Figure 1 Superior endplate collapse of the injured vertebra.

The innovation of this study is to introduce finite element analysis for the biomechanical study of the outcome of this type of collapse and to draw a practical conclusion on whether patients with this type of collapse on imaging are suitable for removal of the internal fixator. Our findings can be used as a reference for clinicians. It is hereby declared that this project does not involve medical ethics and does not require ethical review and approval.


Methods

Selection of experimental subject

The study was conducted in accordance with the Declaration of Helsinki and was approved by The Ethics Committee of Affiliated Hospital of Yangzhou University board of Xiaodan Liu, Kaizheng Gong, Jianhong Sun, Jiandong Tong, Kaidong Ji, Ming Jiang, Qiuping Luo, Shihua Li, Qing Ni, Anxiu Sun, Jianhong Sun, Peijian Zhang. Informed consent was taken from all the patients.

A healthy male volunteer, who was 27 years old with a height of 173 cm and a weight of 68 kg, was recruited. The subject gave informed consent to the experiment and signed a consent form. Through X-ray imaging examination, spinal skeletal deformity and injury as well as other lesions of the subject were excluded.

Instruments and software

Finite element analysis computer workstation

Lenovo ThinkStation P500; CPU: Xeon E5-1620v3; graphics card: Quadro K2200 4 GB; hard disk: 1 TB; memory: DDR4 RDIMM 128 GB; display: ViewSonic VX2370S-LED.

Three-dimensional modeling and finite element analysis software

Medical image processing software Mimics 15.0 (Materialise Company, Belgium); large computer-aided design software SolidWorks 2014 (SolidWorks Company, America); computer-aided engineering application software HyperMesh 12.0 (Altair Company, America); large finite element analysis software Abaqus 6.13 (Dassault Company, France).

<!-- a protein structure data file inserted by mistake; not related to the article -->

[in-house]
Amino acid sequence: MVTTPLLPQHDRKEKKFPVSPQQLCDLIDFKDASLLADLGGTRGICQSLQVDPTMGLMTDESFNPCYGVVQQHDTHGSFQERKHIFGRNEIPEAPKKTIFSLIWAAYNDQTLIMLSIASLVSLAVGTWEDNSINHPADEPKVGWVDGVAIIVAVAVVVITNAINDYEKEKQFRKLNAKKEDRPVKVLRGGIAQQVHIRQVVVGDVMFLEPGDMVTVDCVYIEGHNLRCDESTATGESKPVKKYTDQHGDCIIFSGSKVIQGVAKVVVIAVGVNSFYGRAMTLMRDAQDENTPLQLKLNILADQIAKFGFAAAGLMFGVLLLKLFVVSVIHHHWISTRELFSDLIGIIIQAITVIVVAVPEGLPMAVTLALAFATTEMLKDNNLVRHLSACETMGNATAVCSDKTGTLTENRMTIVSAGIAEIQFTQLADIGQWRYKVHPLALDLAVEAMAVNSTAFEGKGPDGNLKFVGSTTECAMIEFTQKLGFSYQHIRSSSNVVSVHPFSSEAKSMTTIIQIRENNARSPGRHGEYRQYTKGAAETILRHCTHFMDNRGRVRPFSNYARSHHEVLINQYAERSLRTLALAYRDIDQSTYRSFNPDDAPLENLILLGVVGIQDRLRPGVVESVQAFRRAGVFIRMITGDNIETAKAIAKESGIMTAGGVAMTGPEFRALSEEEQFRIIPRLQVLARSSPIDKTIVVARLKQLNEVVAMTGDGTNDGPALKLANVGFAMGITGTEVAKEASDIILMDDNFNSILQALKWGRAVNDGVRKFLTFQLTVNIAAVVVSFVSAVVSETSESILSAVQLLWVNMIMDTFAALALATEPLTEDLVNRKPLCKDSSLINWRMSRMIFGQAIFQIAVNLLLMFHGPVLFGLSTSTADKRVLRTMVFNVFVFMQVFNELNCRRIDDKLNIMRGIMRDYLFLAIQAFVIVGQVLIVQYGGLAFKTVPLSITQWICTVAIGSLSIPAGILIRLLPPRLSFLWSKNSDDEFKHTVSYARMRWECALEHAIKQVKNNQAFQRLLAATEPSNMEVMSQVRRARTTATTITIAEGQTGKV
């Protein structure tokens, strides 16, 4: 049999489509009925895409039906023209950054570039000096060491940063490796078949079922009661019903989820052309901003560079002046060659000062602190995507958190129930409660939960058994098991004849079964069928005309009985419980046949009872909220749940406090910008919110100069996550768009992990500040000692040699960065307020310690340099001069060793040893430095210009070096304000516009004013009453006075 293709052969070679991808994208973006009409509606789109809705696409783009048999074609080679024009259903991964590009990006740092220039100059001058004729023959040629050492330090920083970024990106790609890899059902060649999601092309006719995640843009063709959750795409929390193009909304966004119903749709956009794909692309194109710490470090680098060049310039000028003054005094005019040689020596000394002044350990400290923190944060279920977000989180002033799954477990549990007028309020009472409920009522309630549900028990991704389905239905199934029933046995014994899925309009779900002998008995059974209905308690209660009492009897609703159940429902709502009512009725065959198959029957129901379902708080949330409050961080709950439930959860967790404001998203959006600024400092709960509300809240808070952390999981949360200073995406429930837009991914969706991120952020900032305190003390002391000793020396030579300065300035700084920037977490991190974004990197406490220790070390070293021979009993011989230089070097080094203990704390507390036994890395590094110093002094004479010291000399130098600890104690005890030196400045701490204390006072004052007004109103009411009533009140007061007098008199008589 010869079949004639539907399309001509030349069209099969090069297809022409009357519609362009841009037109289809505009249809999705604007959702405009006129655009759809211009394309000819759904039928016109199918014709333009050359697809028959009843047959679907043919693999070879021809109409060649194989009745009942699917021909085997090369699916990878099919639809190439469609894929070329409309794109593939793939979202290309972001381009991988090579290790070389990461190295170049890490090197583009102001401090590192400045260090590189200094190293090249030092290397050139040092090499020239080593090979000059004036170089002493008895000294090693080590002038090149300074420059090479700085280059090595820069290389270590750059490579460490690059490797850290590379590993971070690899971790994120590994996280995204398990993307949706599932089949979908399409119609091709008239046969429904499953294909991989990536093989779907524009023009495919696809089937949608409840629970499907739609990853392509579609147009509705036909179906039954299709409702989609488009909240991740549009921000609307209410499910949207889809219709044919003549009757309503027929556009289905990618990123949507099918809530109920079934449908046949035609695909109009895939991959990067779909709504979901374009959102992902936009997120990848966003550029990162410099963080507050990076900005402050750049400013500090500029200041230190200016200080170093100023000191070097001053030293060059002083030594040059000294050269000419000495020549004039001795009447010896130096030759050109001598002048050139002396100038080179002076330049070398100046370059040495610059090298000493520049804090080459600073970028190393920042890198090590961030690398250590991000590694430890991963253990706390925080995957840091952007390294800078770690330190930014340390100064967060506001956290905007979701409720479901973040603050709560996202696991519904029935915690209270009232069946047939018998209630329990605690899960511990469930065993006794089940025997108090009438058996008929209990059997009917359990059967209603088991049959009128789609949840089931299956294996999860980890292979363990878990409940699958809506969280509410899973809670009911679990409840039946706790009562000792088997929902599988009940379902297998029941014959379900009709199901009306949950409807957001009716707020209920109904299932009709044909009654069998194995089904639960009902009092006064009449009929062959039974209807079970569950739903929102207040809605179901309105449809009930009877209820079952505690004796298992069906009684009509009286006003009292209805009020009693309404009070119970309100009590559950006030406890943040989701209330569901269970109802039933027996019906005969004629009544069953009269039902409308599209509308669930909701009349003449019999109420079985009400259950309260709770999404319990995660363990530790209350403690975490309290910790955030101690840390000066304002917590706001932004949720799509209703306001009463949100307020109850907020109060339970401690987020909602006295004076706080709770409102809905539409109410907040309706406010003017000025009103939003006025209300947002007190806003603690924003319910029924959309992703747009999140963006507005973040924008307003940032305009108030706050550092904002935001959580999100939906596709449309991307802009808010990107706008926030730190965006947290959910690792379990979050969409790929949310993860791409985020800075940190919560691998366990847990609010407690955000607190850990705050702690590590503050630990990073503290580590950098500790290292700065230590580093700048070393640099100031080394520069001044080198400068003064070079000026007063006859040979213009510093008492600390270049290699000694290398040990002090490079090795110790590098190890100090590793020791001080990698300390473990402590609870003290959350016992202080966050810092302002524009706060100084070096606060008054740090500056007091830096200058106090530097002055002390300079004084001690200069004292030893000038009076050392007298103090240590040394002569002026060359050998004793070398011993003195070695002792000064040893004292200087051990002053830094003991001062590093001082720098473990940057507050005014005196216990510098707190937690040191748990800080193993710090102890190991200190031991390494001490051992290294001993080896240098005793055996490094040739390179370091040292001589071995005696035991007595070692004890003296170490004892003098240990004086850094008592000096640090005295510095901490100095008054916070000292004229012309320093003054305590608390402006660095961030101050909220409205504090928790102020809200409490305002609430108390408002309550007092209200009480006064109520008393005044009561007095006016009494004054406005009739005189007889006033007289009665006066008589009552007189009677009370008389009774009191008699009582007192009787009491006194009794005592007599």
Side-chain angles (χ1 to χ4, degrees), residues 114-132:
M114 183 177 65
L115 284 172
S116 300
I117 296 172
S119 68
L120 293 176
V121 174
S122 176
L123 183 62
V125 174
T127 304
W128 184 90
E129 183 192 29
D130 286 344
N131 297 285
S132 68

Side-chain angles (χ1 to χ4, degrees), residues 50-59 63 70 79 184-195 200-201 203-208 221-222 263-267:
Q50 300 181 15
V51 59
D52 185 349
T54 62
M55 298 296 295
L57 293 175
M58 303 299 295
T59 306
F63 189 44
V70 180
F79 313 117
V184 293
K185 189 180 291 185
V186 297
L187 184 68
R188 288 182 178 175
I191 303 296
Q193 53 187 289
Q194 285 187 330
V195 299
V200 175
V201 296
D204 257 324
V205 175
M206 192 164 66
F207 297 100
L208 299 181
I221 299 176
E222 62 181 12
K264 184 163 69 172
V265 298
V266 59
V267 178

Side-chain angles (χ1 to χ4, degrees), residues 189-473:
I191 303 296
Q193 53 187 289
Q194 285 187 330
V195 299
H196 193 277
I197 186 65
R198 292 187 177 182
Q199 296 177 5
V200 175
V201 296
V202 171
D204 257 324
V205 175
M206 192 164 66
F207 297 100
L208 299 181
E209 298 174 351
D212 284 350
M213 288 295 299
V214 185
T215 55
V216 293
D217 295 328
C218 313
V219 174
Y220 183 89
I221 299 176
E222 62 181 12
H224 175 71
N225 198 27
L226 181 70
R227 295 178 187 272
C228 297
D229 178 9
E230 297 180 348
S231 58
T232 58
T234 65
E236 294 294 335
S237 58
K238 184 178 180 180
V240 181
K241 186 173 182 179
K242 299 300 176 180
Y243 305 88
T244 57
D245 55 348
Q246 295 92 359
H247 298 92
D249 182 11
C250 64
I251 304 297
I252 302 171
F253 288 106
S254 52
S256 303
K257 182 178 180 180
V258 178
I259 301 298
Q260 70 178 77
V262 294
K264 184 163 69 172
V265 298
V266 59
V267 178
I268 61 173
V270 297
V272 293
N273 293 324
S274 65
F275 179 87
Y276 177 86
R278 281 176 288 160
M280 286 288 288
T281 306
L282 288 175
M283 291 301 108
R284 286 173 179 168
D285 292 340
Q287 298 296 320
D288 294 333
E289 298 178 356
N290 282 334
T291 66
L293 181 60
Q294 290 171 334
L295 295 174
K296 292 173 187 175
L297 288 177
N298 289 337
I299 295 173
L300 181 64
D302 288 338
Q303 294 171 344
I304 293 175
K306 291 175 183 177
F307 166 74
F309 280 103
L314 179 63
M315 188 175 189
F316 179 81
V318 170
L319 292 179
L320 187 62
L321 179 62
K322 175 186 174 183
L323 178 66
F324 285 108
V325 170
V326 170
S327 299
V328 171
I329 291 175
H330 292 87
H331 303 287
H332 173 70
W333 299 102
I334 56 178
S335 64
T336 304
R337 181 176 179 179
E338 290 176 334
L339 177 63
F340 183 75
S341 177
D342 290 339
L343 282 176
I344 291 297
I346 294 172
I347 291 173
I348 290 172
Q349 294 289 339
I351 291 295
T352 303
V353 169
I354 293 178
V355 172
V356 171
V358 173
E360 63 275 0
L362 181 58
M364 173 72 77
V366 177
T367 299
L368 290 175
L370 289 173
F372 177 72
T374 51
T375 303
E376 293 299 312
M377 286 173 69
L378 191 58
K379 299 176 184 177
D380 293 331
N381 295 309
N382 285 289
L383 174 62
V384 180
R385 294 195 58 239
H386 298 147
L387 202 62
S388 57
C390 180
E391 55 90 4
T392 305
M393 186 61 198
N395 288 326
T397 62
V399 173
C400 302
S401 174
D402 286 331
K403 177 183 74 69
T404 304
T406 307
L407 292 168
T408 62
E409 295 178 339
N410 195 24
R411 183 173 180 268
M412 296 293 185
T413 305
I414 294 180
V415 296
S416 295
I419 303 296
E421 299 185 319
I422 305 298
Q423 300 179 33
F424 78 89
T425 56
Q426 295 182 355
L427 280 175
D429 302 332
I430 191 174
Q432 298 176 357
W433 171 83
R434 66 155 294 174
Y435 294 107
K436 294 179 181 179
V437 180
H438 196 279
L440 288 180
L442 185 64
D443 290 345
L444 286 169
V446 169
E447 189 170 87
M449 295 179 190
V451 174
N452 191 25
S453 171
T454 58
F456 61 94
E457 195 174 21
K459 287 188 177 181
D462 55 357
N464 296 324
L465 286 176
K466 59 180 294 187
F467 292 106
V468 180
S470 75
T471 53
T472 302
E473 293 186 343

Experimental methods

Sixty-four-slice spiral computed tomography (CT)

The volunteer took the supine position and underwent horizontal thin-section scanning from T11 to L3 to obtain 392 horizontal images of the corresponding segments. The scanning data were exported in DICOM format and were burned onto a CD for storage, so that the image data could be conveniently processed by the Mimics 15.0 medical image processing software.

Establishment of a three-dimensional finite element model of T11–L3

Image import: 392 horizontal images of the thoracolumbar spine in DICOM format were imported into Mimics 15.0 medical image processing software, which automatically located the images and displayed them according to the three orthogonal planes (coronal, horizontal, and sagittal), respectively (Figure 2).

Figure 2 Three orthogonal planes.

Threshold segmentation: it was easy to distinguish the bones from the soft tissues based on the obvious differences in their CT values on the CT images by using the threshold segmentation method, and a mask was formed. If the gray values of adjacent pixels were close to each other and it was not easy to distinguish the boundary by the naked eye, the Draw Profile Line and the Thresholding functions in Mimics 15.0 medical image processing software were used to adjust the image threshold to 462–2,676 HU, so that the boundaries of the thoracolumbar vertebral body, intervertebral disc, sacrum, and facet joint were clearer (Figure 3).

Figure 3 After threshold increase.

Region growing and edit masks: the segmented regions on the above mask that were not connected to each other were formed into a new mask using region growing. The region growing feature was used to roughly extract various lumbar segments of interest. The boundary contour of each bone on each section of the scanned images was modified or erased to remove the unwanted hip bone portion, so that the boundary contour between bones could be accurately distinguished, especially the upper and lower facet joints (Figures 4,5).